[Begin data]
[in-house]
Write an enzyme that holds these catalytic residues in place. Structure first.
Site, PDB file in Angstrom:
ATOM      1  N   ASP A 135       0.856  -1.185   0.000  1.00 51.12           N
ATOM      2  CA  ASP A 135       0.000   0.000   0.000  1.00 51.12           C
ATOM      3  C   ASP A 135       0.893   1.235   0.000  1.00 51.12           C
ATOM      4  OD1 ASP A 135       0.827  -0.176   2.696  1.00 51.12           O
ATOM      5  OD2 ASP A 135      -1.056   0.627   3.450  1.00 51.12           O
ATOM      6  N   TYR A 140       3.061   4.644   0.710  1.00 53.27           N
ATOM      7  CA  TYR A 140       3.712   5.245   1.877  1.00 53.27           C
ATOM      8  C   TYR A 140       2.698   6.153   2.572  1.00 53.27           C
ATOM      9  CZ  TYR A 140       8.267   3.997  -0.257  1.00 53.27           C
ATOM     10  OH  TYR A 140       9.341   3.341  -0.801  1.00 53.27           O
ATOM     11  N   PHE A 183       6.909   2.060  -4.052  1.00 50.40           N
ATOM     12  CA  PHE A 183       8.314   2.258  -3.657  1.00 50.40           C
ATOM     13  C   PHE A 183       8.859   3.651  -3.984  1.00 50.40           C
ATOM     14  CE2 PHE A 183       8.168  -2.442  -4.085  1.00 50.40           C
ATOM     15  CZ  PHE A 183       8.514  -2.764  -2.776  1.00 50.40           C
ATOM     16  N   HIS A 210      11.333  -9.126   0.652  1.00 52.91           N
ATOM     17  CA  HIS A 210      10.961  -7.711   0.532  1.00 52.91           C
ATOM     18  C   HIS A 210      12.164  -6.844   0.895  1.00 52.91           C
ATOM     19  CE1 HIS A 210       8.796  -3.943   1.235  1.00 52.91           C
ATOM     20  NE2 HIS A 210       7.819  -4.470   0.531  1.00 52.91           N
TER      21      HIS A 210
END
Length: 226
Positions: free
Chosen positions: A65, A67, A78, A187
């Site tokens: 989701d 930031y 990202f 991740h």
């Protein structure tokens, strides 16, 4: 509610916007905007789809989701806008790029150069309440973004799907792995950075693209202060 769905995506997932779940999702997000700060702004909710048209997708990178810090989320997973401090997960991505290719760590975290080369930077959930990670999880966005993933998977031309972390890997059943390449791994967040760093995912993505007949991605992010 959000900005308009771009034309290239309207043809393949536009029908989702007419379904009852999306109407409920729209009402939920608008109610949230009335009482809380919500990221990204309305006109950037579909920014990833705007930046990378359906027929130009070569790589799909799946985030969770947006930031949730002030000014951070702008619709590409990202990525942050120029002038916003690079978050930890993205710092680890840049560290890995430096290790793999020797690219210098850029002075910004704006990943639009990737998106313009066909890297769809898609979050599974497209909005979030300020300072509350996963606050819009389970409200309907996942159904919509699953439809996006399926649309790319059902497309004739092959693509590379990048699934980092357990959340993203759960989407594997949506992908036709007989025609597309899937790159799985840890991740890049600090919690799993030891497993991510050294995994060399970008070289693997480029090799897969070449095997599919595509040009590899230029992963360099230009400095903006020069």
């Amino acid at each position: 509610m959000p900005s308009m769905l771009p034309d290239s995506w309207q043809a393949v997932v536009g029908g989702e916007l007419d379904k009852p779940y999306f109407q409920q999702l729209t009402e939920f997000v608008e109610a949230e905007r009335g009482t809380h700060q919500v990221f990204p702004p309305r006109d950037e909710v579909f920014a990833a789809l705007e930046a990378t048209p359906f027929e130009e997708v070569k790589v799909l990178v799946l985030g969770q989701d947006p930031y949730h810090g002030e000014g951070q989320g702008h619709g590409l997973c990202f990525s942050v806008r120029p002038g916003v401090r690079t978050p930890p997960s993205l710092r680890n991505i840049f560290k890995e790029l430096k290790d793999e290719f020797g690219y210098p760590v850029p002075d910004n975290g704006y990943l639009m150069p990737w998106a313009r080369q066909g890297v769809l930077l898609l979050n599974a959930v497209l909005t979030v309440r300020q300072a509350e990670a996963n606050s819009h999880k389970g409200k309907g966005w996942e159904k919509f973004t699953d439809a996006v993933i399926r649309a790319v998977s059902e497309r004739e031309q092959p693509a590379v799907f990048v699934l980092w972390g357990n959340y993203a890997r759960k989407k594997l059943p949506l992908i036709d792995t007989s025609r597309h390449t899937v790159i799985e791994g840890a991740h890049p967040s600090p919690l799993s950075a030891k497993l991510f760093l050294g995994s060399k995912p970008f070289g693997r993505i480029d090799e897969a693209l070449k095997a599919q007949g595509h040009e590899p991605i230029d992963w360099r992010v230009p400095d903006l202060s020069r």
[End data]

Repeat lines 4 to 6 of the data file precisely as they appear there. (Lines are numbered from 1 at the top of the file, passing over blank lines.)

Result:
ATOM      1  N   ASP A 135       0.856  -1.185   0.000  1.00 51.12           N
ATOM      2  CA  ASP A 135       0.000   0.000   0.000  1.00 51.12           C
ATOM      3  C   ASP A 135       0.893   1.235   0.000  1.00 51.12           C